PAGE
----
Diode, D1, is reversed biased and blocking. The load current,
IOUT, is entirely supplied by the output capacitor COUT.
+ VIN L1
C1
IL1
I L2
L2
CIN
IOUT
COUT
Q1
LOAD
VIN
D1
VL1(TOFF 1 ) = VOUT − VIN + VC1 = VOUT
(EQ. 18)
V L 2 (TOFF 1 ) = VOUT
(EQ. 19)
VOUT appears across both inductors during TOFF1 so their
flux-linkage (volt-second) change is again equal. Since
the flux-linkage (volt-second) change for both inductors is
identical during both TON and TOFF1, the inductor currents
will ramp and decay at the same rate and become
discontinuous at the same time.
Although the inductor currents may not be zero during
TOFF2, there is no inductor current flowing to the output. IOUT
is supplied entirely by COUT.
As noted earlier, the output current IOUT, is equal to the
average current in inductor, L2. However, since current only
flows to the output during TOFF1, the output current is also
the sum of the average inductor currents during TOFF1. The
output current, IOUT, can be expressed as Equation 20:
FIGURE 7. SEPIC CONVERTER DURING TON
It should be noted that C1 is sufficiently large that the AC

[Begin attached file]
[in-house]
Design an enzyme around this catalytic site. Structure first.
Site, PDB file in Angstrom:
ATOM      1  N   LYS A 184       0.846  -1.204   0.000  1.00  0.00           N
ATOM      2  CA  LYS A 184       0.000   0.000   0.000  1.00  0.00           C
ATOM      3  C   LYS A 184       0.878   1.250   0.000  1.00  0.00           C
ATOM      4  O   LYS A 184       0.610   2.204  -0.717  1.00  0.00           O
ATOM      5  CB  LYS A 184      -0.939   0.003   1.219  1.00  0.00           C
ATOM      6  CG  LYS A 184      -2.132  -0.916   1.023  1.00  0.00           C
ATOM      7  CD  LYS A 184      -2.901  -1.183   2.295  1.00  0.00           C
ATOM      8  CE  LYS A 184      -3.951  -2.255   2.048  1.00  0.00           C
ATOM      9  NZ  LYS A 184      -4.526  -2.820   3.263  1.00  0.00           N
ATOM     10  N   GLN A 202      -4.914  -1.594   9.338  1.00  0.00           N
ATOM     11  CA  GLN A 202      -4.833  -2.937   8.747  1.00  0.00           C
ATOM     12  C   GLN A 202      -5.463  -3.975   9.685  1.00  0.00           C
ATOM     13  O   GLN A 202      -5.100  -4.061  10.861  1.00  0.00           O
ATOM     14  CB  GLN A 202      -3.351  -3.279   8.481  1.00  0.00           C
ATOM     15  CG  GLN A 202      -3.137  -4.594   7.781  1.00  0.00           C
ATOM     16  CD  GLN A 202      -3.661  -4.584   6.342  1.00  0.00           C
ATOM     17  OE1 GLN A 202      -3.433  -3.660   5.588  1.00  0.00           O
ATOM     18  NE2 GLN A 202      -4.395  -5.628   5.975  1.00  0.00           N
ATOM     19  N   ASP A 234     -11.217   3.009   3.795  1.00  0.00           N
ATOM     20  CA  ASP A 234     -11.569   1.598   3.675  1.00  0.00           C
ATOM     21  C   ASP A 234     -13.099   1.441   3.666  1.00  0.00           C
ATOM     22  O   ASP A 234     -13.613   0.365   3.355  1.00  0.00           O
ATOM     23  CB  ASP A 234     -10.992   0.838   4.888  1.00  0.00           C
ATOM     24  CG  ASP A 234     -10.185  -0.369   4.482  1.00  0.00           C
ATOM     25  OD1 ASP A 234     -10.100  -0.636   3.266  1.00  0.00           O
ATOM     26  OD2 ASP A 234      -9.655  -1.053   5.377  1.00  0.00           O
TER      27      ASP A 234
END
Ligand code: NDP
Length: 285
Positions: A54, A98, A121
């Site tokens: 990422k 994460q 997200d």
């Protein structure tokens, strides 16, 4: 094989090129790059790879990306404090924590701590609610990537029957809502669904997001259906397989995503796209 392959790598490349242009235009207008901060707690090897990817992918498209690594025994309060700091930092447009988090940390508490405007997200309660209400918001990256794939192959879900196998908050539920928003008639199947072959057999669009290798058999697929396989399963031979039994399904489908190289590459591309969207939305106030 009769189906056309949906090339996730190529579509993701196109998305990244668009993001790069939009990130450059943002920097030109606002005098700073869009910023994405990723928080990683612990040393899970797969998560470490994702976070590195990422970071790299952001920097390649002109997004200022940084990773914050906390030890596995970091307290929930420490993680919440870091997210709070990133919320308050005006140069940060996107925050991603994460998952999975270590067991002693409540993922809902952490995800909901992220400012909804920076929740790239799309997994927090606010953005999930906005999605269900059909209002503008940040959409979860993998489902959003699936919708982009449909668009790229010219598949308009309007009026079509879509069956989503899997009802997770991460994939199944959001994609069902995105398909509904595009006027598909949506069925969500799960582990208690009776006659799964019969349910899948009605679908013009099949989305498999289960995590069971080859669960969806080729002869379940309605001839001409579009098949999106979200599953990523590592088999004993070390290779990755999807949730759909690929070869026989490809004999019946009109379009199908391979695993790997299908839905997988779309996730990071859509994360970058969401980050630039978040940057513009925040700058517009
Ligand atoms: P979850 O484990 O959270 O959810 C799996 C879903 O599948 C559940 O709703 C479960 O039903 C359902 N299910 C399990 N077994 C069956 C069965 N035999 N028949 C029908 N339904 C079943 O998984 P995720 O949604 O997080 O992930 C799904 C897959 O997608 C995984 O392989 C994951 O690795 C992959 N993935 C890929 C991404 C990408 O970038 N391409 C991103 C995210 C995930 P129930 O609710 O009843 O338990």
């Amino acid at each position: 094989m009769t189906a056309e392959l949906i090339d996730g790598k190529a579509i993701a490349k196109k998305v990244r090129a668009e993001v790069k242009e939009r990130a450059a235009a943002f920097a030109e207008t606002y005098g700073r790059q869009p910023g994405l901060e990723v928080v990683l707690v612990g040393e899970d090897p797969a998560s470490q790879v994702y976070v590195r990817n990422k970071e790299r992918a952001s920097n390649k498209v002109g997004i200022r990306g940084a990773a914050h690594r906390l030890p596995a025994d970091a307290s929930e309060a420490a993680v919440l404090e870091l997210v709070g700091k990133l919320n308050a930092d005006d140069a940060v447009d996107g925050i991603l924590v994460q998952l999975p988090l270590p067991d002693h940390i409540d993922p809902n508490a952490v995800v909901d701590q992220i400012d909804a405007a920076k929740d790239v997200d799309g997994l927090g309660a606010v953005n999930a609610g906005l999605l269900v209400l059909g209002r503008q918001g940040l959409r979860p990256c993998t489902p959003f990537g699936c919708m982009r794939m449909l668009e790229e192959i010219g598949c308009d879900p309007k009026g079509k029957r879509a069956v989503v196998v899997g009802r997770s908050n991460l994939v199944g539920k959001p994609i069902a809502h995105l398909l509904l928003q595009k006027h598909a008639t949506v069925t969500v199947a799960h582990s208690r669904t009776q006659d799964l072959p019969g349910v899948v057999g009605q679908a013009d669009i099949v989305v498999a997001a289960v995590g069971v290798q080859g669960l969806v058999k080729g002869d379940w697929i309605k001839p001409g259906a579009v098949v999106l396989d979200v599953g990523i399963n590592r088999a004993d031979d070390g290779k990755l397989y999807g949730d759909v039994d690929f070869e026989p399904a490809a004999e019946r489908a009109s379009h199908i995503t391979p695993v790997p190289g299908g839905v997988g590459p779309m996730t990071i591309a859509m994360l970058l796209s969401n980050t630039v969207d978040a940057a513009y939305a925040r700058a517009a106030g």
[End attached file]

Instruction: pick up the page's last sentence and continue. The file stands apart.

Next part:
currents through it produce a negligible voltage change and
the voltage across it remains essentially equal to VIN. During
TON, when Q1 is conducting, both inductors have VIN applied
to them.
ΔI L1
1 TON
V L1(TON ) = L
V L 2(TON ) = L2
ΔI L 2
TON
= V IN
(EQ. 16)
= VIN
(EQ. 17)
I OUT =
2
⎛1
VOUT TOFF
1 ⎞
1
⎜⎜ + ⎟⎟
2TS ⎝ L1 L2 ⎠
(EQ. 20)
Solving for TOFF1 yields Equation 21:
TOFF 1 =
2TS I OUT
⎛1
1 ⎞
⎜⎜ + ⎟⎟VOUT
⎝ L1 L 2 ⎠
(EQ. 21)
It should be noted that the value of TOFF1 in Equation 21 is
the average value during an AC half-cycle.
Since the inductors are operating in steady state, ΔI during
TON and TOFF1 must be equal and opposite in magnitude for
5
AN1387.0
February 12, 2009
Application Note 1387
each inductor. Equating ΔI during periods TON and TOFF1
yields Equation 22:
TON =
VOUT
TOFF 1
VIN
(EQ. 22)
where VIN is the average input voltage since TON is virtually
constant over an AC half-cycle (to achieve high power
factor). Since the switching frequency, TS, is constant, TOFF2
can be calculated from Equations 21 and 22, yielding
Equation 23.